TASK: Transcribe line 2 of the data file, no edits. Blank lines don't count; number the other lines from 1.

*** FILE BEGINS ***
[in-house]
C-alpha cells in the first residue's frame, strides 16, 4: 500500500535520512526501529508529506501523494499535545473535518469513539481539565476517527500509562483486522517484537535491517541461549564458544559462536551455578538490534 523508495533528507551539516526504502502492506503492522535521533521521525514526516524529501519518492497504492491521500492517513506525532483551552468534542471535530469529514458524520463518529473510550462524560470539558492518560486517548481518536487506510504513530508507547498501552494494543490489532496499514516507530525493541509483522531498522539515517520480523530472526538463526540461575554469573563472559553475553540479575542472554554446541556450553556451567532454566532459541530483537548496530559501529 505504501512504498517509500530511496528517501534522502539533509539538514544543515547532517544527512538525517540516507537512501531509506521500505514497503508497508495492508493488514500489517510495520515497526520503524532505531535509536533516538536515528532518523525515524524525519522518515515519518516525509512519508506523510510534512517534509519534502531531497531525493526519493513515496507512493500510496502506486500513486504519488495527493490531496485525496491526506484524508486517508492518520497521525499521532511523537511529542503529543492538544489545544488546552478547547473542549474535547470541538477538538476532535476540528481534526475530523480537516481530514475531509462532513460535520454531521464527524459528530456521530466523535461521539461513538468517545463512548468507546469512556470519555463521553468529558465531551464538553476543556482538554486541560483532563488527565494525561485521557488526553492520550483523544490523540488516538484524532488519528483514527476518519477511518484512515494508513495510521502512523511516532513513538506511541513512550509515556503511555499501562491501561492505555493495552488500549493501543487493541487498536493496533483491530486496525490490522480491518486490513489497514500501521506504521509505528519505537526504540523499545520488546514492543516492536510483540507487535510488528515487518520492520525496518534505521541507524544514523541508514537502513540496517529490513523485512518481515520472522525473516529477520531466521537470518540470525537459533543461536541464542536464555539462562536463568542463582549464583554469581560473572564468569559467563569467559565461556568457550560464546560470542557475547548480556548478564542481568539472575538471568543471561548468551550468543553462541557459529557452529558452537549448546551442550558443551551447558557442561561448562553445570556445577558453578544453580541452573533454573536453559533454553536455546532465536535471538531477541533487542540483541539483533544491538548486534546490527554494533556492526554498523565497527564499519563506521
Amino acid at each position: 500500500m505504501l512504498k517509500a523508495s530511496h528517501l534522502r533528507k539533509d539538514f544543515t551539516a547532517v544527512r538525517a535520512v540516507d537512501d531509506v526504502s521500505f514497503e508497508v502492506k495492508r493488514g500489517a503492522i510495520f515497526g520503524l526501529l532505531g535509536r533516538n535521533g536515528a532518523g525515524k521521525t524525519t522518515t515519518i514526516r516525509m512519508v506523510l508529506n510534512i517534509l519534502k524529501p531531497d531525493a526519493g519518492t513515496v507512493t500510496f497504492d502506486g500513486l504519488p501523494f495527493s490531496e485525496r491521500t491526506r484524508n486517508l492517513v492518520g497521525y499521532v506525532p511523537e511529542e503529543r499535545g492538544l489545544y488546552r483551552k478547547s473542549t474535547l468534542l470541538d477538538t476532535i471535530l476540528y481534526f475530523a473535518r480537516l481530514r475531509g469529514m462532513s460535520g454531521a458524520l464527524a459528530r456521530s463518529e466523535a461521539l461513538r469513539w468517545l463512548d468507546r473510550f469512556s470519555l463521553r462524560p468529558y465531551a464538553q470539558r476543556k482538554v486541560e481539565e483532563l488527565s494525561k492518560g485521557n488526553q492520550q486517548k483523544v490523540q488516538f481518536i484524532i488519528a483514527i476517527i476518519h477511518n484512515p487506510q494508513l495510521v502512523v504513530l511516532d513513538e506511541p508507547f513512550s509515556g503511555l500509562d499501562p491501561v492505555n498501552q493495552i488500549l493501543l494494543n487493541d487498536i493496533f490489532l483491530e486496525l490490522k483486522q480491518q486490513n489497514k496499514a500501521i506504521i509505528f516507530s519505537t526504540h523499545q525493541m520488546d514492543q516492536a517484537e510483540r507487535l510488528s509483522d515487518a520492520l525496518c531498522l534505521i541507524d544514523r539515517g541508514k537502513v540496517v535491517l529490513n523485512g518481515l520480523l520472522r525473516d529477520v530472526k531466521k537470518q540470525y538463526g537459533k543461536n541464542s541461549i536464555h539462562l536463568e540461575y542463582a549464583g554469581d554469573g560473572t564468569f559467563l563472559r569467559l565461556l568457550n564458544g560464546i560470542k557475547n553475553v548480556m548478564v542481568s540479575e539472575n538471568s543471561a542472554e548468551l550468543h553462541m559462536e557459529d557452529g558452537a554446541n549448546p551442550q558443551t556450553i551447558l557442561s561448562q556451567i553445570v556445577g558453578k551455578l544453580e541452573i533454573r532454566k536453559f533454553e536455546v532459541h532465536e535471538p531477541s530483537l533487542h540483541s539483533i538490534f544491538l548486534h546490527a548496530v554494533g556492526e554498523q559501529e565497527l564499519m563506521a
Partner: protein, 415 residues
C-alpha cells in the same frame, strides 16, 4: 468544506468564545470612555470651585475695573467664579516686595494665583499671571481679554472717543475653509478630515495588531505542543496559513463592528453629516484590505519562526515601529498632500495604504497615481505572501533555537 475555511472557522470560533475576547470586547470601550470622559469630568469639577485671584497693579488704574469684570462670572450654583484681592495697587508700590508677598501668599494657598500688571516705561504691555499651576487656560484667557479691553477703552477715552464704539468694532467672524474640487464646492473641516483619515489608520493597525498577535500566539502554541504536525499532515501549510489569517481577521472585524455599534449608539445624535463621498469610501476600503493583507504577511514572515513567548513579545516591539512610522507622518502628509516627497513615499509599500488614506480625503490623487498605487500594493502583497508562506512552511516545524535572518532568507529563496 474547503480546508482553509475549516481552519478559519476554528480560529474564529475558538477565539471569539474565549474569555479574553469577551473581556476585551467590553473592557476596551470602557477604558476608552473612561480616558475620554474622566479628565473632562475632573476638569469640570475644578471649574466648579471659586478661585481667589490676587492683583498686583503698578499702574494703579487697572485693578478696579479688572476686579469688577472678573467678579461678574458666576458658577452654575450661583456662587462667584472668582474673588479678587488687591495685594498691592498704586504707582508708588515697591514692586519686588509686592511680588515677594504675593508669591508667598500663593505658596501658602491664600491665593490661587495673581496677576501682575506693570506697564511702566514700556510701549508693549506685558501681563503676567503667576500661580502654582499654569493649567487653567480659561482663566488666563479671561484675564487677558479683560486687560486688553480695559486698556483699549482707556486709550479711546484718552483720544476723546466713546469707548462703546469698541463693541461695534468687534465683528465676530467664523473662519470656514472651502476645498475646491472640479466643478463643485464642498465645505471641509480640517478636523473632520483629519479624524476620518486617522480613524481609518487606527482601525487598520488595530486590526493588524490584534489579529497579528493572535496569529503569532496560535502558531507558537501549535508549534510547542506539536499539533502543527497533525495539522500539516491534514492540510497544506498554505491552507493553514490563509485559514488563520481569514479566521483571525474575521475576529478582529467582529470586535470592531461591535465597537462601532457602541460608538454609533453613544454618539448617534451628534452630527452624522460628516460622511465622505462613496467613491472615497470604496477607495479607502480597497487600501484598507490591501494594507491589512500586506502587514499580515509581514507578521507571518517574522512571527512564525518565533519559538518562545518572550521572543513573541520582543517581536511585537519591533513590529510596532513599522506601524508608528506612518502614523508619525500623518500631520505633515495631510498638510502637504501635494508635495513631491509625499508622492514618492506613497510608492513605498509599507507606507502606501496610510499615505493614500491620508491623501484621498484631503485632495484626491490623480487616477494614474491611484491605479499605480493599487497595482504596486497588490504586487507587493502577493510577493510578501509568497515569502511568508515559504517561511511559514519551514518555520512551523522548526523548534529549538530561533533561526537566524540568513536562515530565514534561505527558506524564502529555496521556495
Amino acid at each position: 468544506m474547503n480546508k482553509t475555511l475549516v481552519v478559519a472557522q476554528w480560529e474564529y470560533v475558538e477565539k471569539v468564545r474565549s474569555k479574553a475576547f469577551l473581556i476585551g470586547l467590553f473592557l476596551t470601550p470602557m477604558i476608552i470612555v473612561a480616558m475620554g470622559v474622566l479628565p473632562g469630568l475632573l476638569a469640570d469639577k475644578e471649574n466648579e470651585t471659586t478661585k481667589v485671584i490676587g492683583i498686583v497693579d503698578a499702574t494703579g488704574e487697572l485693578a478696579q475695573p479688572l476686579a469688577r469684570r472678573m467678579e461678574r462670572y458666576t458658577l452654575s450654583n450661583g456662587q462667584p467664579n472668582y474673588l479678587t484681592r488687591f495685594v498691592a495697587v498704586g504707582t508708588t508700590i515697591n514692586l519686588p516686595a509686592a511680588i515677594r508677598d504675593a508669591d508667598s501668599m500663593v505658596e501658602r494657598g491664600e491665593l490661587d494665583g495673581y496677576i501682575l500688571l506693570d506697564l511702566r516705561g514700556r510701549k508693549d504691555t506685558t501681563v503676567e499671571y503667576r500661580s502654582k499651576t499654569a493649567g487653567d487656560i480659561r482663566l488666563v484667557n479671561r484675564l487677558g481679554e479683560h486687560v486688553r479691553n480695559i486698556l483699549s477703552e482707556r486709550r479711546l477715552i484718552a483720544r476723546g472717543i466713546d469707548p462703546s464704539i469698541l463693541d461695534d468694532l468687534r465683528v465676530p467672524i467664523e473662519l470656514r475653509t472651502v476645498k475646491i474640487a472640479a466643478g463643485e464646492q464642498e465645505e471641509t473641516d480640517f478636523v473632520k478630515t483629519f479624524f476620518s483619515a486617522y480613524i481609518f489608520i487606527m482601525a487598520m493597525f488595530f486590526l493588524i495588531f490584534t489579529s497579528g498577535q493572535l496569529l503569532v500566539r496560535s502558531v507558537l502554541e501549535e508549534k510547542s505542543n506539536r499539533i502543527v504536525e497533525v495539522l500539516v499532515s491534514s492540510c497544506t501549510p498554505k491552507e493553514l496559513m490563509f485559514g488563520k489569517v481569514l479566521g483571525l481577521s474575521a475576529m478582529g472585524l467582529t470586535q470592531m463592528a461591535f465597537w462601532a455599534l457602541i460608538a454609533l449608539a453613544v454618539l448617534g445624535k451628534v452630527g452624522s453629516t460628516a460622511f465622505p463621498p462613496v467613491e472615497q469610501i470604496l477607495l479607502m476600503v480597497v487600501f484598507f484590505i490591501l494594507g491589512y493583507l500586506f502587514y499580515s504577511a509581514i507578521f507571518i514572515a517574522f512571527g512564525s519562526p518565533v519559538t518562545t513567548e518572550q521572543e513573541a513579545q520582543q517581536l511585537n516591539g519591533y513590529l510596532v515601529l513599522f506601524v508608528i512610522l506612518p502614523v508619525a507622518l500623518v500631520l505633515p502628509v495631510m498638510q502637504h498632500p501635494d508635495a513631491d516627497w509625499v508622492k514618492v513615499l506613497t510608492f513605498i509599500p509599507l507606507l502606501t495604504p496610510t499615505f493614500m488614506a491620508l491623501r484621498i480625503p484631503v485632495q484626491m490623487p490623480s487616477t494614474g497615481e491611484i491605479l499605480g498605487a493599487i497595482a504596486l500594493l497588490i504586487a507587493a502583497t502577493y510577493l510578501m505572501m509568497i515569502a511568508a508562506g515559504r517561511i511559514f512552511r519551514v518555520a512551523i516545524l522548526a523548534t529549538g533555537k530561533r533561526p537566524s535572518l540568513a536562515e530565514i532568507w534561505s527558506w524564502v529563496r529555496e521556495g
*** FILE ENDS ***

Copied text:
C-alpha cells in the first residue's frame, strides 16, 4: 500500500535520512526501529508529506501523494499535545473535518469513539481539565476517527500509562483486522517484537535491517541461549564458544559462536551455578538490534 523508495533528507551539516526504502502492506503492522535521533521521525514526516524529501519518492497504492491521500492517513506525532483551552468534542471535530469529514458524520463518529473510550462524560470539558492518560486517548481518536487506510504513530508507547498501552494494543490489532496499514516507530525493541509483522531498522539515517520480523530472526538463526540461575554469573563472559553475553540479575542472554554446541556450553556451567532454566532459541530483537548496530559501529 505504501512504498517509500530511496528517501534522502539533509539538514544543515547532517544527512538525517540516507537512501531509506521500505514497503508497508495492508493488514500489517510495520515497526520503524532505531535509536533516538536515528532518523525515524524525519522518515515519518516525509512519508506523510510534512517534509519534502531531497531525493526519493513515496507512493500510496502506486500513486504519488495527493490531496485525496491526506484524508486517508492518520497521525499521532511523537511529542503529543492538544489545544488546552478547547473542549474535547470541538477538538476532535476540528481534526475530523480537516481530514475531509462532513460535520454531521464527524459528530456521530466523535461521539461513538468517545463512548468507546469512556470519555463521553468529558465531551464538553476543556482538554486541560483532563488527565494525561485521557488526553492520550483523544490523540488516538484524532488519528483514527476518519477511518484512515494508513495510521502512523511516532513513538506511541513512550509515556503511555499501562491501561492505555493495552488500549493501543487493541487498536493496533483491530486496525490490522480491518486490513489497514500501521506504521509505528519505537526504540523499545520488546514492543516492536510483540507487535510488528515487518520492520525496518534505521541507524544514523541508514537502513540496517529490513523485512518481515520472522525473516529477520531466521537470518540470525537459533543461536541464542536464555539462562536463568542463582549464583554469581560473572564468569559467563569467559565461556568457550560464546560470542557475547548480556548478564542481568539472575538471568543471561548468551550468543553462541557459529557452529558452537549448546551442550558443551551447558557442561561448562553445570556445577558453578544453580541452573533454573536453559533454553536455546532465536535471538531477541533487542540483541539483533544491538548486534546490527554494533556492526554498523565497527564499519563506521